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DNA test could offer faster, cheaper salmonella testing

salmonella bacterium

SALMONELLA testing could be completed faster in future if a promising new detection method proves commercially viable.

Researchers at Australia’s University of New South Wales have developed a DNA test that can rapidly detect several serotypes of salmonella in as little as eight minutes.

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It could prove more efficient than current bacterial culture-based sampling methods, which are more time consuming and costly.

The Multiple Cross Displacement Amplification (MCDA) method has already proven successful at detecting salmonella but has not until now been able to distinguish different subtypes of the bacteria.

This work was able to develop tests for the most common serotypes in Australia: S. Typhimurium, S. Enteritidis, S. Virchow, S. Saintpaul and S. Infantis.

‘Essential’

While more validation work is needed – in particular as the strains used so far have been pure samples – the work was promising, according to senior study author Ruitling Lan.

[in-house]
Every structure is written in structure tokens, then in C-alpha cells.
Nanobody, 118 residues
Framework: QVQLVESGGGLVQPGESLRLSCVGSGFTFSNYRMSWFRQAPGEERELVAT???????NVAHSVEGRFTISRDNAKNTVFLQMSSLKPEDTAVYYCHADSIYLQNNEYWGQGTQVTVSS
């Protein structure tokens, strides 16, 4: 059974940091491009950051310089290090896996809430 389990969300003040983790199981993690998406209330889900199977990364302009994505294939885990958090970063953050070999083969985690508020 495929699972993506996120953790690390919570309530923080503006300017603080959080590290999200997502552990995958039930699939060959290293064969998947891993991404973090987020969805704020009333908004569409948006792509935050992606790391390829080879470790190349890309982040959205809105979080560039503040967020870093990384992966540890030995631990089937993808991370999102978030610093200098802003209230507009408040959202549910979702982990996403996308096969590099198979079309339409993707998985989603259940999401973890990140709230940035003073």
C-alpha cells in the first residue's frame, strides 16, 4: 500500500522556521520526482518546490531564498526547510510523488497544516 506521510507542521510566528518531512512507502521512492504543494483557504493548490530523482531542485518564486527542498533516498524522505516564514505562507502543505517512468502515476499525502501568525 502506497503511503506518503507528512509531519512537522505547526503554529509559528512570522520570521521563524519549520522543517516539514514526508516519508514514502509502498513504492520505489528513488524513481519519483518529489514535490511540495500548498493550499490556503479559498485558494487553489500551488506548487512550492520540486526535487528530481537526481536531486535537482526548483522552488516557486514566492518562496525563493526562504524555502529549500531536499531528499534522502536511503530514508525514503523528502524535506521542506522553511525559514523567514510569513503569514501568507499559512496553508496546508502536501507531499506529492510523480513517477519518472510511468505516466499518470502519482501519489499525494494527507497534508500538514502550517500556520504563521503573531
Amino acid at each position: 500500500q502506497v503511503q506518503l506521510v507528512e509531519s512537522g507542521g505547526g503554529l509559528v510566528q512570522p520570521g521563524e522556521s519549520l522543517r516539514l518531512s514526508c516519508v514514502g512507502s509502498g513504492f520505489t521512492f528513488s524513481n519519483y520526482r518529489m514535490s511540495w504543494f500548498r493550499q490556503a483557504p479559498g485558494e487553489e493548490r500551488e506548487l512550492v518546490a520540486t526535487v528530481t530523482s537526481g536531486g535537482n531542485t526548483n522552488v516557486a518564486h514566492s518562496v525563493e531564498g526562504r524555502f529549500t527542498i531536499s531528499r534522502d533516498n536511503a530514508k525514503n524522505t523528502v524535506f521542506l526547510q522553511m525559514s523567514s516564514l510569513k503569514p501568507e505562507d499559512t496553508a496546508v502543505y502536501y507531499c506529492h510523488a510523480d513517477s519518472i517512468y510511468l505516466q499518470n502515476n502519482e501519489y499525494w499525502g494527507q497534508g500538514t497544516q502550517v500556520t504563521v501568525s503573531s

“It is essential for public health investigators to have a fast, simple way of tracking down the source of salmonella outbreaks – so, the ability to test for different types of salmonella is important,” Prof Lan said.

“Salmonella, whether it’s in a clinical or food sample – even in faecal matter – may exist in minute amounts and requires highly sensitive methods to detect.

‘Tiny amounts’

“Our enhanced Multiple Cross Displacement Amplification (MCDA) method can detect tiny amounts of DNA rapidly and at a constant temperature, which makes it an excellent fit for a simple, rapid and sensitive bacterial detection test.”

Prof Lan added: “It’s difficult to know when our tests would become available, but they are part of the global trend towards culture-independent diagnostic tests which can identify the bacteria causing a foodborne illness without the need to culture the bacteria in a lab.

In 2017, more than 16,000 cases of Salmonella poisoning were reported in Australia – a 30% increase on the previous 10-year average. The rate is estimated at 185 cases per 100,000 people, per year.

The research was published in the Journal of Molecular Diagnostics.